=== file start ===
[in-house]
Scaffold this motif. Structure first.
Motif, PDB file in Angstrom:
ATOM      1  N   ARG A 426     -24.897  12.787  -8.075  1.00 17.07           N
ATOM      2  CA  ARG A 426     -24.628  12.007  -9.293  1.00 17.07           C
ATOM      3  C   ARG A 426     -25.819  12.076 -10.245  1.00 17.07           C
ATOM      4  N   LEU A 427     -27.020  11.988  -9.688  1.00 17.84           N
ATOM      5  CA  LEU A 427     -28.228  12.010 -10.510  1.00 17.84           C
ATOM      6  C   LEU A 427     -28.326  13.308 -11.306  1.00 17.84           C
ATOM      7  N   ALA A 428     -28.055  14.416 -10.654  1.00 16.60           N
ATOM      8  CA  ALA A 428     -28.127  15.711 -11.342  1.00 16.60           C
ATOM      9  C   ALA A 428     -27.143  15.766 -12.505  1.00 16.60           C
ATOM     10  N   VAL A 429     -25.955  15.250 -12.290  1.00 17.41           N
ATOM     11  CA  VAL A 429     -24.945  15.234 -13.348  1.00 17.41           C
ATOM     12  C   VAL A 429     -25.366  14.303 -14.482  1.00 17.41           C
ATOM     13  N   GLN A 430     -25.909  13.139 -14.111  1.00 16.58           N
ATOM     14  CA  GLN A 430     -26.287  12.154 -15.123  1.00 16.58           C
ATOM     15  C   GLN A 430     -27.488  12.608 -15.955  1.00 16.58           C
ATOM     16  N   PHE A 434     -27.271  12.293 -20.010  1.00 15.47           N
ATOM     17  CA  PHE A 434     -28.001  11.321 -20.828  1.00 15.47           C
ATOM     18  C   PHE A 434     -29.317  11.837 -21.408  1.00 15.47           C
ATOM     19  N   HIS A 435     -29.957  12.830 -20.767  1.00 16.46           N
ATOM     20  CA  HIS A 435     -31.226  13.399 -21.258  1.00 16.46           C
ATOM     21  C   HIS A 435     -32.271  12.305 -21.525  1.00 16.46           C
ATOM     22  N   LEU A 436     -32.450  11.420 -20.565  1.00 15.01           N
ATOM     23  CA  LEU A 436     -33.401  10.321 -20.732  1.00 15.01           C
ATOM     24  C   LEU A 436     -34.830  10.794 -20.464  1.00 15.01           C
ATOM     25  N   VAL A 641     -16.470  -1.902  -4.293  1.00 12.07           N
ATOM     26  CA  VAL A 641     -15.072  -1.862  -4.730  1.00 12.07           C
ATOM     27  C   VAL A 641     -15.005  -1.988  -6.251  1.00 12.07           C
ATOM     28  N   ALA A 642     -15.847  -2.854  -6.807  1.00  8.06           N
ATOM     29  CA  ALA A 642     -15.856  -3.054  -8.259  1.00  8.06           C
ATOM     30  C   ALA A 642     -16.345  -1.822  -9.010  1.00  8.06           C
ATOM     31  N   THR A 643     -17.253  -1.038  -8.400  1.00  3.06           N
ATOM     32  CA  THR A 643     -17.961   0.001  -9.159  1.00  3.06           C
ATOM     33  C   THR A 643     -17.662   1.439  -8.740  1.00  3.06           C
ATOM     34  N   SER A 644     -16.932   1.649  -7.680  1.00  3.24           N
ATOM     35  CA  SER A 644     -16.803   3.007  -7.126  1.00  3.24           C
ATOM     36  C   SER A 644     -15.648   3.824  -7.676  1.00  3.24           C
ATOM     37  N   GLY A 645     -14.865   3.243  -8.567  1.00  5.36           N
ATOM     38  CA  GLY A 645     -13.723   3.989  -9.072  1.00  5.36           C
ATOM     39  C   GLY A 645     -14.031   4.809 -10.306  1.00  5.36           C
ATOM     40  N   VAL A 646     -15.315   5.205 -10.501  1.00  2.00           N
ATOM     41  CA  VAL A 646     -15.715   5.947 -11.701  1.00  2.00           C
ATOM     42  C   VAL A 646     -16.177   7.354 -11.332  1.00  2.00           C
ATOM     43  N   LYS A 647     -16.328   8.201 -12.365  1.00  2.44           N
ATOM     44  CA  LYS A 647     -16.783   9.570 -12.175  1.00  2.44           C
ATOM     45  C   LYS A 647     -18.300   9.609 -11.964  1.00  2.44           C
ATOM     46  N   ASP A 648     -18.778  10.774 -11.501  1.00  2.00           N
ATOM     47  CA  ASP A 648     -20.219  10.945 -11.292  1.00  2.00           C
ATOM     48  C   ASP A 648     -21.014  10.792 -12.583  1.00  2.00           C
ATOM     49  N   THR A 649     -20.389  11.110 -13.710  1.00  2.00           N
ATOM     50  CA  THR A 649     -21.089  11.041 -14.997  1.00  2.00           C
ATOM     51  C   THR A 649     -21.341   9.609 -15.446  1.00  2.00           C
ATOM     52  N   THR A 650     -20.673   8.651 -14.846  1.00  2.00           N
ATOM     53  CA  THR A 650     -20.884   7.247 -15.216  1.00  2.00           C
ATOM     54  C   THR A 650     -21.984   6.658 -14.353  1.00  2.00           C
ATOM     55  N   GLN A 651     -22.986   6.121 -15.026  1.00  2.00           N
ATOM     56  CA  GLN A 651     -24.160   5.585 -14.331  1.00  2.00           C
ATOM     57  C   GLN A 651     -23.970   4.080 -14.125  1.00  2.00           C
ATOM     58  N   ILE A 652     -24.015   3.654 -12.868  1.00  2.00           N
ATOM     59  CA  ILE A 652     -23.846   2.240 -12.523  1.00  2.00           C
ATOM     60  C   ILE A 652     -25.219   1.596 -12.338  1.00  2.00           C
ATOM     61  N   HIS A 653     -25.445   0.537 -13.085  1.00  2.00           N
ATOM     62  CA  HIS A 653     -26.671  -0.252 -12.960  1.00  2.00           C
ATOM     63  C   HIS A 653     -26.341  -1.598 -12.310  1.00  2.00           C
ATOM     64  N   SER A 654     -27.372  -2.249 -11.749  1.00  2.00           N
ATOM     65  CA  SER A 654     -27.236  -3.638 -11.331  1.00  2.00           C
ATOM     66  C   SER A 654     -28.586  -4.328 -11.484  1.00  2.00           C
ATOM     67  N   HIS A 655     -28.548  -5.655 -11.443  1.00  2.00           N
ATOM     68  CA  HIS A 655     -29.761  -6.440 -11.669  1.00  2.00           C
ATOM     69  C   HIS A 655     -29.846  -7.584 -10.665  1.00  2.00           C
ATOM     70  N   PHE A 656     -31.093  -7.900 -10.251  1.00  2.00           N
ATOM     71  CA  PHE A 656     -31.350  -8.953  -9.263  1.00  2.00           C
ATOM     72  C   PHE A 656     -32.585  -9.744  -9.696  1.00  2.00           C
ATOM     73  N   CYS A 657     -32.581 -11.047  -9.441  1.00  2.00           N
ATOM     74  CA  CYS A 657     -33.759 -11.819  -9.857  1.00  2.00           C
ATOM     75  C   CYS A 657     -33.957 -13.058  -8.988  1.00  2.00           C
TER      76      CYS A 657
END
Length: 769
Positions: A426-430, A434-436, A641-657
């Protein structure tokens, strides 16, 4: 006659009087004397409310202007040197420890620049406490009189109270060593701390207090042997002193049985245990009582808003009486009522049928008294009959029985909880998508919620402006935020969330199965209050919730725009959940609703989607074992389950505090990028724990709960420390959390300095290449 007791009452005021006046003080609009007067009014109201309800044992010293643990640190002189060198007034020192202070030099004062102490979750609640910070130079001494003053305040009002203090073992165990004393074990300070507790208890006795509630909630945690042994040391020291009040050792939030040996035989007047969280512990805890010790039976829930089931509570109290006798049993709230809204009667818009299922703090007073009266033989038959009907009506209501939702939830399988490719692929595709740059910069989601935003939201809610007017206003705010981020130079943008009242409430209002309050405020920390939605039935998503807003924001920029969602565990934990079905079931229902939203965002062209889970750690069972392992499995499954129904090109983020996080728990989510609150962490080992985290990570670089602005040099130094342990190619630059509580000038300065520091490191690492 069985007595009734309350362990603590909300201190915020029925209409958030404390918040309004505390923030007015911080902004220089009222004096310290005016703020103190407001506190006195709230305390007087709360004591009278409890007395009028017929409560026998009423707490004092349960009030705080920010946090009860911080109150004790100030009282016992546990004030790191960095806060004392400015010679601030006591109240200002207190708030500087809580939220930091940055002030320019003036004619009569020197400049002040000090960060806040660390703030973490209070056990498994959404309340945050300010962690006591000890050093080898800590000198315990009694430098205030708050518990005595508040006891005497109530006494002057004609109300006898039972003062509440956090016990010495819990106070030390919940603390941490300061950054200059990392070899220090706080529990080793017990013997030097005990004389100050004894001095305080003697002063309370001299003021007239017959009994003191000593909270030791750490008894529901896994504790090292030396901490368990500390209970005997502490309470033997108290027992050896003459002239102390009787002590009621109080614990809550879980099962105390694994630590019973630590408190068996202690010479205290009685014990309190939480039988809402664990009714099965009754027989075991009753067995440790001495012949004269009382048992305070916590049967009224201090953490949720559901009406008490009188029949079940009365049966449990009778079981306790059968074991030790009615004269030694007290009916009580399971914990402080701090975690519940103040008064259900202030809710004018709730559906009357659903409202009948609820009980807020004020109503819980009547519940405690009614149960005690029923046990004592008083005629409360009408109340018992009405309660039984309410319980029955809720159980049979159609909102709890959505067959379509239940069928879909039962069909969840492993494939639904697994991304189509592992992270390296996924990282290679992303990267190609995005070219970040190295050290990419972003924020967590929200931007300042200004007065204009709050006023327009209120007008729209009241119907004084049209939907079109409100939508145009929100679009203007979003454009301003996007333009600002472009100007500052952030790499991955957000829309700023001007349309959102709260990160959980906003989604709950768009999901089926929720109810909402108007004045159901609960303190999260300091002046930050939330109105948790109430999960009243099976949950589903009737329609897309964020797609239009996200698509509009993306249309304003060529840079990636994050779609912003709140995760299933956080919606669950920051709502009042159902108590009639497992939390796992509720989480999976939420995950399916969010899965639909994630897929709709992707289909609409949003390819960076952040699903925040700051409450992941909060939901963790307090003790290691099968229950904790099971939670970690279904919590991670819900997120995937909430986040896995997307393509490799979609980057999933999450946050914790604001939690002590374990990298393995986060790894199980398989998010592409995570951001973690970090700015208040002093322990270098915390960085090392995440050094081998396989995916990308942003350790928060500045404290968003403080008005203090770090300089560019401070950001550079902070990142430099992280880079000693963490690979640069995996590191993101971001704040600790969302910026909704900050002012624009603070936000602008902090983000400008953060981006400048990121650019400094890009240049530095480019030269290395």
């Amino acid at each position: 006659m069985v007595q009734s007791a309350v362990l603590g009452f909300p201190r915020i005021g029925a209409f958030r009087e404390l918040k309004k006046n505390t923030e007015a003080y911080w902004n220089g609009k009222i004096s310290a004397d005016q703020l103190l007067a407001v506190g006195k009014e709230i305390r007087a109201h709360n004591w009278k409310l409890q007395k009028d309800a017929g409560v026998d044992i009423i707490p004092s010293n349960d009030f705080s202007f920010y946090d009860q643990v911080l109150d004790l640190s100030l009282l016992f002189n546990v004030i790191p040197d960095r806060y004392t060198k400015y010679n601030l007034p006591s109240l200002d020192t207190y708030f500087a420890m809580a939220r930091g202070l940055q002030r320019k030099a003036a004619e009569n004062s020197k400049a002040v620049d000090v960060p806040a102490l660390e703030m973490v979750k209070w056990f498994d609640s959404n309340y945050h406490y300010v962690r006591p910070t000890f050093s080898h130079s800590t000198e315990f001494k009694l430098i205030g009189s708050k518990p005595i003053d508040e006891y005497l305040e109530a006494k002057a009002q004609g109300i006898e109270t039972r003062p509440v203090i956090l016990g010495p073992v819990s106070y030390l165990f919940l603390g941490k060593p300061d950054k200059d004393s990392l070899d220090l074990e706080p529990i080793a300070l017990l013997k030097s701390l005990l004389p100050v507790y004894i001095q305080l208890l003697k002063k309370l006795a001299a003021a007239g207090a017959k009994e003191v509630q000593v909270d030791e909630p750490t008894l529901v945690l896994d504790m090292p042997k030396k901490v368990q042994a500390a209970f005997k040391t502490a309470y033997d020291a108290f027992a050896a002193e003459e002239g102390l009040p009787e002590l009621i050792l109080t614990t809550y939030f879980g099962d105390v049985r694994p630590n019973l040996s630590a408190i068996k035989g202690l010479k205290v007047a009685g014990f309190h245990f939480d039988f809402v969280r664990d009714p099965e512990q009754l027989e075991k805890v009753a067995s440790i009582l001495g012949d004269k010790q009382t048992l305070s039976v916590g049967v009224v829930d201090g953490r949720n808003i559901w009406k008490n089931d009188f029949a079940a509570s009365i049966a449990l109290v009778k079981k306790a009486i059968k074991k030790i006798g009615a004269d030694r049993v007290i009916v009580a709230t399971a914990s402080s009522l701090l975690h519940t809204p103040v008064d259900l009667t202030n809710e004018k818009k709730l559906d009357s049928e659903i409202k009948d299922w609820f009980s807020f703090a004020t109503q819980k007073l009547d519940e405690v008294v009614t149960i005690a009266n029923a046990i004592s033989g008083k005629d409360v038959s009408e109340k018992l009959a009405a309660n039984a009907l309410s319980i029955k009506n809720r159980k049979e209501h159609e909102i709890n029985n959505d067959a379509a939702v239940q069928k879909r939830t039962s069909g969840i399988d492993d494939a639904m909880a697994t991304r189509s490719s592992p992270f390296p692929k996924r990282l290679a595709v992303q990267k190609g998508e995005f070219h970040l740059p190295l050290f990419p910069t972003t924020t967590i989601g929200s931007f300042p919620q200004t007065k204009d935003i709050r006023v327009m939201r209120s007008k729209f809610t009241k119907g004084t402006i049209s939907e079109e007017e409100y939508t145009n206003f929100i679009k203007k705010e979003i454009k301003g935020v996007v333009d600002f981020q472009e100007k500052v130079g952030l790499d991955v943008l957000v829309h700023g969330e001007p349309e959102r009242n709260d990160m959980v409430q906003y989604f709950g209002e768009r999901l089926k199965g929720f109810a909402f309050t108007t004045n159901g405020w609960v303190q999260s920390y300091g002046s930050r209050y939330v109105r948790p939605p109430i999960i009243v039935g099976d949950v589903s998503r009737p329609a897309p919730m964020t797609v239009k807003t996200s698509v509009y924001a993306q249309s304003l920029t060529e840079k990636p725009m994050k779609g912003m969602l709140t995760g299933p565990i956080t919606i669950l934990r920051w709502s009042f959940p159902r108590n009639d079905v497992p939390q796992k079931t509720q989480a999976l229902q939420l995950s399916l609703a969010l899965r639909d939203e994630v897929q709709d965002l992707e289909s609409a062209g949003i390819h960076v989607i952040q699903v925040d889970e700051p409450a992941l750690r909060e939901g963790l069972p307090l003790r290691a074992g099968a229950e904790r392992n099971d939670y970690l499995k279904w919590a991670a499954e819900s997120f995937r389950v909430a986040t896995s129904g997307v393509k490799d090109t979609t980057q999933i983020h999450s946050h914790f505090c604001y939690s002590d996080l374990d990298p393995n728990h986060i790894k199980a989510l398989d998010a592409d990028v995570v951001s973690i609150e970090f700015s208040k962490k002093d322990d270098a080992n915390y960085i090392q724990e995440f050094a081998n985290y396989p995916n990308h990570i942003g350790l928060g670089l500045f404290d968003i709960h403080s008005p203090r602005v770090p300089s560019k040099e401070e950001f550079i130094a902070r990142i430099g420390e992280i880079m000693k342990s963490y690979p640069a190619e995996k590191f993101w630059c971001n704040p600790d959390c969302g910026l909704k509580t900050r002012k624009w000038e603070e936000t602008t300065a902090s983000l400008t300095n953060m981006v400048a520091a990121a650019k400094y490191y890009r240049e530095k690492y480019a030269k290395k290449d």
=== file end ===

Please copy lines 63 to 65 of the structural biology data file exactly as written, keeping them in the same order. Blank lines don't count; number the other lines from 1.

ATOM     60  C   ILE A 652     -25.219   1.596 -12.338  1.00  2.00           C
ATOM     61  N   HIS A 653     -25.445   0.537 -13.085  1.00  2.00           N
ATOM     62  CA  HIS A 653     -26.671  -0.252 -12.960  1.00  2.00           C